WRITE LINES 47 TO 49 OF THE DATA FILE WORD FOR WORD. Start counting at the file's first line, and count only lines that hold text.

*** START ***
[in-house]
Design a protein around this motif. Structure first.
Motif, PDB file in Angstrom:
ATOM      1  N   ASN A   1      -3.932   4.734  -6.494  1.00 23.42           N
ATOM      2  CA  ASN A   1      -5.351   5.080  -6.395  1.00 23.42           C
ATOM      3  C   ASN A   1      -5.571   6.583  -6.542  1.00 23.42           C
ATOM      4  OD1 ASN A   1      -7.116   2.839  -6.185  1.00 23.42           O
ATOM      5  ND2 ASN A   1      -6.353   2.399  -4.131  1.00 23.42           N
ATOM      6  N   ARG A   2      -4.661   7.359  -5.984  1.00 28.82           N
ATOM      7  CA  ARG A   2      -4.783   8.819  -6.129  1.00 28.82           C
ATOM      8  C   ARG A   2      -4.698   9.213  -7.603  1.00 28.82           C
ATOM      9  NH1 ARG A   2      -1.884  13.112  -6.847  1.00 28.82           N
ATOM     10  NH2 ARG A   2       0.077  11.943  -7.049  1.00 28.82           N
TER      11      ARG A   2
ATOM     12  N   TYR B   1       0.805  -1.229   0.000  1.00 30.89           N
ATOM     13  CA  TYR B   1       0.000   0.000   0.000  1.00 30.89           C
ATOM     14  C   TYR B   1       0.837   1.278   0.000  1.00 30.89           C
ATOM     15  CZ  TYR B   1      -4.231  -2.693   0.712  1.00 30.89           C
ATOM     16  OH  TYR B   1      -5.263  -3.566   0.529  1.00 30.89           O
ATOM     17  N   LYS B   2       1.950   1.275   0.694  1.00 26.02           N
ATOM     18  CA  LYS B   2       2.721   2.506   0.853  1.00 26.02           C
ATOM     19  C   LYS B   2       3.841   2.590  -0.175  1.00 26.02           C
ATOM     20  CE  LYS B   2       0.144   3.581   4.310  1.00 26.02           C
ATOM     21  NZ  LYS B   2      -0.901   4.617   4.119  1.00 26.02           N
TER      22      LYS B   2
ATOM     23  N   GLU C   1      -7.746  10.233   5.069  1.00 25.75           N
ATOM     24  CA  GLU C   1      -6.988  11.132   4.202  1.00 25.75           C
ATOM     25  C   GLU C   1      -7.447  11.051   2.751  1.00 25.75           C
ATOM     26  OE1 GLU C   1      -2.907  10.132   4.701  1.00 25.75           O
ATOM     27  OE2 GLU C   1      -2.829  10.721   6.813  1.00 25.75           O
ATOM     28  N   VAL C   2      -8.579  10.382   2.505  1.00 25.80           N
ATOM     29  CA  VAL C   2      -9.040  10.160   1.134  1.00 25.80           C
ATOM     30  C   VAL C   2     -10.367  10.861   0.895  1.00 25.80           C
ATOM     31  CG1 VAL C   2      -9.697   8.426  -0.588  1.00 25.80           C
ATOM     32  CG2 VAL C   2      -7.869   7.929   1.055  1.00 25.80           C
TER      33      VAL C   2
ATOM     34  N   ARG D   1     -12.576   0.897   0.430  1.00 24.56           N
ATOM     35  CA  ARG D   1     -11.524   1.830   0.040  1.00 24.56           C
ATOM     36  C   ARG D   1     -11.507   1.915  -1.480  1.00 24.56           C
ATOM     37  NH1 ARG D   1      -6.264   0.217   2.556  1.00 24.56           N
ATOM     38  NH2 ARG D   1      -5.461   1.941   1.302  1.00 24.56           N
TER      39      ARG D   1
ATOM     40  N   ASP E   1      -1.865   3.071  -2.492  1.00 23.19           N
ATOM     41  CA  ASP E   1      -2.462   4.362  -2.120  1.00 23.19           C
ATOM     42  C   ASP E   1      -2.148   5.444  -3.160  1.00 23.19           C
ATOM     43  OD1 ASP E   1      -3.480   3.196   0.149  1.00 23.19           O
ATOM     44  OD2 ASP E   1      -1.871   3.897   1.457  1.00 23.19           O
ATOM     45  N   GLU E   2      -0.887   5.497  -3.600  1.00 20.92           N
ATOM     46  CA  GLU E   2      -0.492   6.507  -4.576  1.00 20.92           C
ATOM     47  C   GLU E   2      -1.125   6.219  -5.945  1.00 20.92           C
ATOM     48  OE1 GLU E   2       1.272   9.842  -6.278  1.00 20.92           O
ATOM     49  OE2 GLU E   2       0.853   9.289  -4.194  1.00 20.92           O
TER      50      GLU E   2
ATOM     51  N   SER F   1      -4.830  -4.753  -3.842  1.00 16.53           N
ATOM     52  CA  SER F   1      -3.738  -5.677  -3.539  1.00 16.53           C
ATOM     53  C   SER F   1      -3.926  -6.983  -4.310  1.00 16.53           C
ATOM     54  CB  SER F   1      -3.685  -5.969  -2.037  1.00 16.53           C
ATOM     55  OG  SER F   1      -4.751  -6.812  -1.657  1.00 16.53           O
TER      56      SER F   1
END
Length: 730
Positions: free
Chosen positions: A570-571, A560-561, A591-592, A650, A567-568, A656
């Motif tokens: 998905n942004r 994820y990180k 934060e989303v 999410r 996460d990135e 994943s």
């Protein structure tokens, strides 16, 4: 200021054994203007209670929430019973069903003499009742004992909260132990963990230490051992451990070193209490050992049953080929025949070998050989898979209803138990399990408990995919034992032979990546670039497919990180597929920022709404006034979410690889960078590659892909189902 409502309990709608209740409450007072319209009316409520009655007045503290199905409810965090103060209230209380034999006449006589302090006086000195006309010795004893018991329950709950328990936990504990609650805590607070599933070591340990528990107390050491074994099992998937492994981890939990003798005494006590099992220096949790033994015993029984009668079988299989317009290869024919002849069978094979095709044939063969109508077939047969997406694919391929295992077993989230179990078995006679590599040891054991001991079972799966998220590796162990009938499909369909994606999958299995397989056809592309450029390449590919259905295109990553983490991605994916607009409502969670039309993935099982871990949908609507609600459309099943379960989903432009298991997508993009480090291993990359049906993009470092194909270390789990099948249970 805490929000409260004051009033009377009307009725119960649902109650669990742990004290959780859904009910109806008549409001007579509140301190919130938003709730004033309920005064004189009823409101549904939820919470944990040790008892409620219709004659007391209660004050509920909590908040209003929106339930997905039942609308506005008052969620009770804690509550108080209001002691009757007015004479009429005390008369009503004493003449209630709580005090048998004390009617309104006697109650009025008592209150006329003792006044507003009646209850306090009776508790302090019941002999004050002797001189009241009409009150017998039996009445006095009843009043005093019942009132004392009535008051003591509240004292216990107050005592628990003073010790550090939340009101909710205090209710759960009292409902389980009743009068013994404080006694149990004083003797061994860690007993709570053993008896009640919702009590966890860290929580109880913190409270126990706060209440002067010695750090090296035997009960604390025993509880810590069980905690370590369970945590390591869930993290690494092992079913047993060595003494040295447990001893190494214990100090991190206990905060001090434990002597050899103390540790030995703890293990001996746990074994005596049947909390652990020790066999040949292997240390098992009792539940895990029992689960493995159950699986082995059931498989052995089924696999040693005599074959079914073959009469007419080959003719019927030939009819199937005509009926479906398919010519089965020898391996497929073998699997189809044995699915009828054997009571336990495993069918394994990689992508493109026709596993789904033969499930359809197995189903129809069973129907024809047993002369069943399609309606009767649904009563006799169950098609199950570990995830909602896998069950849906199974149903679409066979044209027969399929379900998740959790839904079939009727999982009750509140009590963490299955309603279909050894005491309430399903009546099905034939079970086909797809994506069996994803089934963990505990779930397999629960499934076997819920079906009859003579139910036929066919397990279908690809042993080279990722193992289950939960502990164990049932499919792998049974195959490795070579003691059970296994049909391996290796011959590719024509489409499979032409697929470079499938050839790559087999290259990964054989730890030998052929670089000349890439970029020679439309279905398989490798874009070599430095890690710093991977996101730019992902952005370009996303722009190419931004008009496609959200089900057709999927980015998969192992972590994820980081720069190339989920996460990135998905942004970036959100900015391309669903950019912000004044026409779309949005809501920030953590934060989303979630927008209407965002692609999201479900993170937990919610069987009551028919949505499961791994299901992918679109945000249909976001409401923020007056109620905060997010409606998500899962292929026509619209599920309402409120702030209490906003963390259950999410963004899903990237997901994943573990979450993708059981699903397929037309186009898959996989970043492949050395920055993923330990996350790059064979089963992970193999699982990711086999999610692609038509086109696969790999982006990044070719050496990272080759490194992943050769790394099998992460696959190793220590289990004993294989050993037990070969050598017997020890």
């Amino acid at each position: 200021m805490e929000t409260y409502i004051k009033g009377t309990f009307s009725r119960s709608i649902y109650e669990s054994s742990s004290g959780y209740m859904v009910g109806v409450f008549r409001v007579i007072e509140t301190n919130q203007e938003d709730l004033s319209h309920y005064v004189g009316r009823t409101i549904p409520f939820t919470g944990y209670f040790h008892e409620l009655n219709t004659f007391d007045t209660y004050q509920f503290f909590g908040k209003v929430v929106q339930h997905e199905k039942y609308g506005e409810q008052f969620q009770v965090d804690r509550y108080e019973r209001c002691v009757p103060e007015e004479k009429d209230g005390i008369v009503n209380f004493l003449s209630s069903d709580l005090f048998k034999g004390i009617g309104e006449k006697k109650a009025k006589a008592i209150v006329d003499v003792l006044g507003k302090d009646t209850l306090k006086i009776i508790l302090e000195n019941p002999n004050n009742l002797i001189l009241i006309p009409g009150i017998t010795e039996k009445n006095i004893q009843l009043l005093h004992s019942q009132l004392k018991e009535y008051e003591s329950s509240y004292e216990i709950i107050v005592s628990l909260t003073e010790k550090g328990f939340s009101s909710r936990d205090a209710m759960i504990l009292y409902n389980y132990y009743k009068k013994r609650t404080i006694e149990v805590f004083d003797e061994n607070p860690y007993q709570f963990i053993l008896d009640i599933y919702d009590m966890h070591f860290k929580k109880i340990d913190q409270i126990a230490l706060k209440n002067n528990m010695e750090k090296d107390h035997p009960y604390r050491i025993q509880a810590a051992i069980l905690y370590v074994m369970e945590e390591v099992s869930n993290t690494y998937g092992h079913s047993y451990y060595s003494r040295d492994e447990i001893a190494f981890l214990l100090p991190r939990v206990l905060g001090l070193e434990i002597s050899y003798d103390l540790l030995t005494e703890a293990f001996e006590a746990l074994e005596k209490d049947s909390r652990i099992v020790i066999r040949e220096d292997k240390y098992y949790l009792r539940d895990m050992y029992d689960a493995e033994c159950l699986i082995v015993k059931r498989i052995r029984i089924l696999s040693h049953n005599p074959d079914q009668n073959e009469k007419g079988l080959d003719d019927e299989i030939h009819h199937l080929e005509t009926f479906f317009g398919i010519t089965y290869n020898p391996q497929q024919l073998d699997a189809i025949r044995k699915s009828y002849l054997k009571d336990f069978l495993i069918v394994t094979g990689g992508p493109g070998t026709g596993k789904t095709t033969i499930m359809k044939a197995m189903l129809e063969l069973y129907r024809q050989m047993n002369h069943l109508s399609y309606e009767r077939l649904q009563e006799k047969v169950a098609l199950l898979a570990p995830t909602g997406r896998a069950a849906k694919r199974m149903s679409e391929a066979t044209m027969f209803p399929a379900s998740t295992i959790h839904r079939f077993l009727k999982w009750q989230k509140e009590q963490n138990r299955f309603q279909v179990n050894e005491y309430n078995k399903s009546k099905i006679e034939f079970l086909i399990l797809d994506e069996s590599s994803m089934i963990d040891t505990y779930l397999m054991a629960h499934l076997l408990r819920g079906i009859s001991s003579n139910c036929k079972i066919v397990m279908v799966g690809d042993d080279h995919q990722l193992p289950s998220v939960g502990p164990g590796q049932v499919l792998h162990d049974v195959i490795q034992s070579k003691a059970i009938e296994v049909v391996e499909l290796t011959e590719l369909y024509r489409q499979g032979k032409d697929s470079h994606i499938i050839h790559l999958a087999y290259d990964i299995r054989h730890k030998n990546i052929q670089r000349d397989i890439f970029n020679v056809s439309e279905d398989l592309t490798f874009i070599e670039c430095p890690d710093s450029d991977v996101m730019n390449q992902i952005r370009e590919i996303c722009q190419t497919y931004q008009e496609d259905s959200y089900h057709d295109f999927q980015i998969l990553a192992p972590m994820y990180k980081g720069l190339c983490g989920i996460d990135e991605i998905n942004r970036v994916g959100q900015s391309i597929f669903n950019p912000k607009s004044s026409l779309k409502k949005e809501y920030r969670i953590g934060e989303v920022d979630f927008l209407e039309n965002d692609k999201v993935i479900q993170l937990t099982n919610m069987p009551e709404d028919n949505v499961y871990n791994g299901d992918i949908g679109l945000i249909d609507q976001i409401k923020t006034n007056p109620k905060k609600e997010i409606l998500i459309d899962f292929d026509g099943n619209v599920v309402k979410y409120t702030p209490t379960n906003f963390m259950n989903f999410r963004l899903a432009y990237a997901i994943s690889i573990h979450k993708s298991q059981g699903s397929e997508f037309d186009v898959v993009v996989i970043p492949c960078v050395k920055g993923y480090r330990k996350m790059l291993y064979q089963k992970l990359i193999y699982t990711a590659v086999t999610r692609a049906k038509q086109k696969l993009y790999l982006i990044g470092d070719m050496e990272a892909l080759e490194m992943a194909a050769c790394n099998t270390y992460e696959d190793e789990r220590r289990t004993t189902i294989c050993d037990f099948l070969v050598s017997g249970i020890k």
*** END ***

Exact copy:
ATOM     44  OD2 ASP E   1      -1.871   3.897   1.457  1.00 23.19           O
ATOM     45  N   GLU E   2      -0.887   5.497  -3.600  1.00 20.92           N
ATOM     46  CA  GLU E   2      -0.492   6.507  -4.576  1.00 20.92           C